LiveMink: James Governor, Redmonk

At the Sun Analyst Conference I sat next to James Governor of Redmonk on the coach to dinner. We made the most of the time by discussing Redmonk and the unique, pioneering approach they bring to industry analysis. I apologise for the audio quality, which results from using an iPod audio recorder attachment in a very noisy place, but I think you'll find James interesting and as provocative as ever.

He talks about Redmonk, how it works, where the money comes from and what its future looks like. Watch out for his opinion on the iPhone, and for mentions of Ambient Findability and of "Whuffie" (from Down and Out in the Magic Kingdom). If you're subscribing in iTunes, watch out for the photos too!

Podcast

Comments:

The open source VideoLan VLC Player plays the podcasts fine and displays the pictures... nice one. James on a roll! ;-) http://www.videolan.org/vlc/

Posted by Mark Cathcart on February 13, 2007 at 03:48 AM PST #

What about offering this in some free, open, non-encumbered format like ogg vorbis or ogg theora if it contains video?

Posted by Mark Wielaard on February 13, 2007 at 05:06 AM PST #

@MC: Thanks, I actually tested it with that.

@MW: While I'd like to use Ogg, the tools I'm using don't support it and I'm not sure that iTunes does either, which I'm anticipating is the most widely used podcasting handler. Meanwhile, AAC is actually a pretty reasonable open standard to be using for this, with wide platform support. I'm open to change though, fire away with recommendations.

Posted by Simon Phipps on February 13, 2007 at 09:45 AM PST #

You and James on a shuttle to dinner, eh? Sorry I missed it! Sounds like fun conversation. :-)

Posted by Catherine Helzerman on February 13, 2007 at 11:46 AM PST #

Next week's with Michael Goulde is even better :-)

Posted by Simon Phipps on February 13, 2007 at 11:52 AM PST #

Nice interview Simon - the only improvement would have been getting all four of them! I like Jame's characterisation of their work as "ambient findability' - I think "convergence of information and connectivity" describes Redmonk nicely

Posted by Ric on February 13, 2007 at 06:22 PM PST #

even better huh? i will have to listen to that closely...

Posted by James Governor on February 13, 2007 at 07:59 PM PST #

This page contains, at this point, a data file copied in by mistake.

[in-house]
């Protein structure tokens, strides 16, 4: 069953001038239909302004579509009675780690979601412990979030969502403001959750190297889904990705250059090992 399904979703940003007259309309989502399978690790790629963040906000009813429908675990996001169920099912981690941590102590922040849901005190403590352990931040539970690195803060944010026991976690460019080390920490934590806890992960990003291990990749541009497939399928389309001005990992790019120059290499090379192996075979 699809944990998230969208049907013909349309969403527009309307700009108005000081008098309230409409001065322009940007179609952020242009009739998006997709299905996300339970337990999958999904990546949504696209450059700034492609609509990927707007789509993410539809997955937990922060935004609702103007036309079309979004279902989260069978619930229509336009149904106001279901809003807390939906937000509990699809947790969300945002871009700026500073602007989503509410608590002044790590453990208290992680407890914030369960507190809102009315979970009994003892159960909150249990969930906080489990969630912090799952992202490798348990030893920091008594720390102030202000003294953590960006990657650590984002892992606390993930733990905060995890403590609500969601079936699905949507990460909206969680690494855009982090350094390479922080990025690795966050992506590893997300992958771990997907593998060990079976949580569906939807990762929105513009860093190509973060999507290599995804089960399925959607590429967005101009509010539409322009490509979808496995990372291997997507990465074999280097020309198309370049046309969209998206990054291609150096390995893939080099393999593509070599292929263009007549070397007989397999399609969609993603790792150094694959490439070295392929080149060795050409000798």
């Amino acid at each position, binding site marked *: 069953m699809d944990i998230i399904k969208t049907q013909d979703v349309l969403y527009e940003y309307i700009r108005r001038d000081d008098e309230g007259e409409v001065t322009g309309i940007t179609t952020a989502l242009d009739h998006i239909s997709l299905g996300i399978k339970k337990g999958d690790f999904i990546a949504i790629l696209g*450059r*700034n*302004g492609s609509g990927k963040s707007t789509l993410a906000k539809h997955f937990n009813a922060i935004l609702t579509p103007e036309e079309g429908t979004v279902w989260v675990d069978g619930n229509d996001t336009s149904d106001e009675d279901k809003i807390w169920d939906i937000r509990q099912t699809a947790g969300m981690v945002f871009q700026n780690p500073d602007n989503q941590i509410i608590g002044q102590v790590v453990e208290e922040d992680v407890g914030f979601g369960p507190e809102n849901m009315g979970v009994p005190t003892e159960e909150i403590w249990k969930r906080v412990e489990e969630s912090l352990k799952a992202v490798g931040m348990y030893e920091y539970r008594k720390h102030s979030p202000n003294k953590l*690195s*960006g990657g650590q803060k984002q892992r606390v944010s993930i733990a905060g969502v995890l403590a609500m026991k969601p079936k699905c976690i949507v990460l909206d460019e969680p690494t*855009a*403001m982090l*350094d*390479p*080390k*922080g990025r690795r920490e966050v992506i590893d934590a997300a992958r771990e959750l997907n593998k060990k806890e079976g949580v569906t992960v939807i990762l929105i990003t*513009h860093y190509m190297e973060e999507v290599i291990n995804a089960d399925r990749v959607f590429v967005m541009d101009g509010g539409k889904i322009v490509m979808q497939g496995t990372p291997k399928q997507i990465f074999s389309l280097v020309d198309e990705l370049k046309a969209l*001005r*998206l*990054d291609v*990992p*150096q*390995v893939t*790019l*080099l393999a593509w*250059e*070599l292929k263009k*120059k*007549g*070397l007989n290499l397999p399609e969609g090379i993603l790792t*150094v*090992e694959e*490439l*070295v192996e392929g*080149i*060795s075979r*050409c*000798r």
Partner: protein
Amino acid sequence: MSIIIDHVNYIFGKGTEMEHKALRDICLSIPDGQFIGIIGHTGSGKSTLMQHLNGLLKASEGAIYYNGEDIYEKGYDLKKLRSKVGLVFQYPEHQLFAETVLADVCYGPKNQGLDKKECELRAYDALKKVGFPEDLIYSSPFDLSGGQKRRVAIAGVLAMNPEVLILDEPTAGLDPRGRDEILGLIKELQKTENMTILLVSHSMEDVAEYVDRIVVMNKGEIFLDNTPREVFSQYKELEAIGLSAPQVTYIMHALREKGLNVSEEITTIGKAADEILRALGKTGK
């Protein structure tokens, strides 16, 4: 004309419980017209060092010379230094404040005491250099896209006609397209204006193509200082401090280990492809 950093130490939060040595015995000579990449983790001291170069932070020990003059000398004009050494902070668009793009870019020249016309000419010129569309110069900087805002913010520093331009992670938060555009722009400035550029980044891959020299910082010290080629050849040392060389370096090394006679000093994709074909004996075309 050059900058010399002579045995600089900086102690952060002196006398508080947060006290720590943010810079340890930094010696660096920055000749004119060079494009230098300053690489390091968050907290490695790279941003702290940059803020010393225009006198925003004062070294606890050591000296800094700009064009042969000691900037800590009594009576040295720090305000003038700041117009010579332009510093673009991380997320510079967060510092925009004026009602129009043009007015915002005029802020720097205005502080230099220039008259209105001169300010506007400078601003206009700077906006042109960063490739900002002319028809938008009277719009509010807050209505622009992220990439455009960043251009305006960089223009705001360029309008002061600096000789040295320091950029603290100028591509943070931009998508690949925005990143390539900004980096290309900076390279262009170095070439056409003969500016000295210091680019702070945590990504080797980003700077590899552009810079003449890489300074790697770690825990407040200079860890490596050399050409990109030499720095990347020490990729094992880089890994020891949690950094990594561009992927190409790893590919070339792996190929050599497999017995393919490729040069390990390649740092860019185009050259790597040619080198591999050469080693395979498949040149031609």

@James: Got to drum up business :-) Actually, Michael says some things about Microsoft that are very revealing. So the evaluation is in terms of controversy, rather than charm, wit or insight :-)

Posted by Simon Phipps on February 13, 2007 at 11:58 PM PST #

iTunes does not support Ogg Vorbis. There is a QuickTime component for Ogg Vorbis support from Xiph, though, at http://www.xiph.org/quicktime/download.html, which makes it available in iTunes. That solves just half the problem with iTunes, though, as I don't think the Apple iTunes podcast directory serves Ogg Vorbis feeds. But, if, say, a future podcasts.sun.com site revamped http://www.sun.com/rss/podcast.html and hosted Ogg Vorbis/Theora feeds, one could convert the AAC files to Ogg Vorbis files using http://soundconverter.berlios.de/, or by throwing the appropriate sequence of flac & oggenc calls in a pipe, I guess. :)

Posted by Dalibor Topic on February 14, 2007 at 10:11 PM PST #

Just having the interviews available also in a free format when they are published would be great. I don't actually use anything "podcast enabled" so having the raw .ogg files would be enough.

Posted by Mark Wielaard on February 15, 2007 at 01:29 AM PST #

Simon: it seems that in some circumstances you're willing to use patent-encumbered formats, and in some circumstances you're not. I'm curious about where and how you go about drawing the line- utility of the related tools? availability of readers for the format? business practices of the patent holder? some other standard? Or does the patent-encumbrance not play into your choice of format? (I seem to recall that you've argued for that as a factor in choosing ODF over OOXML, but I don't have time right offhand to dig up any quotes to that effect, other than the implication in your notes on Adobe/pdf that you consider it important.)

I ask not to flame you for your apparent inconsistency, because you're certainly in good company in being apparently inconsistent, but to help me understand why there is the apparent inconsistency and perhaps understand how better to push for open standards like ogg that are not as popular as others like odf.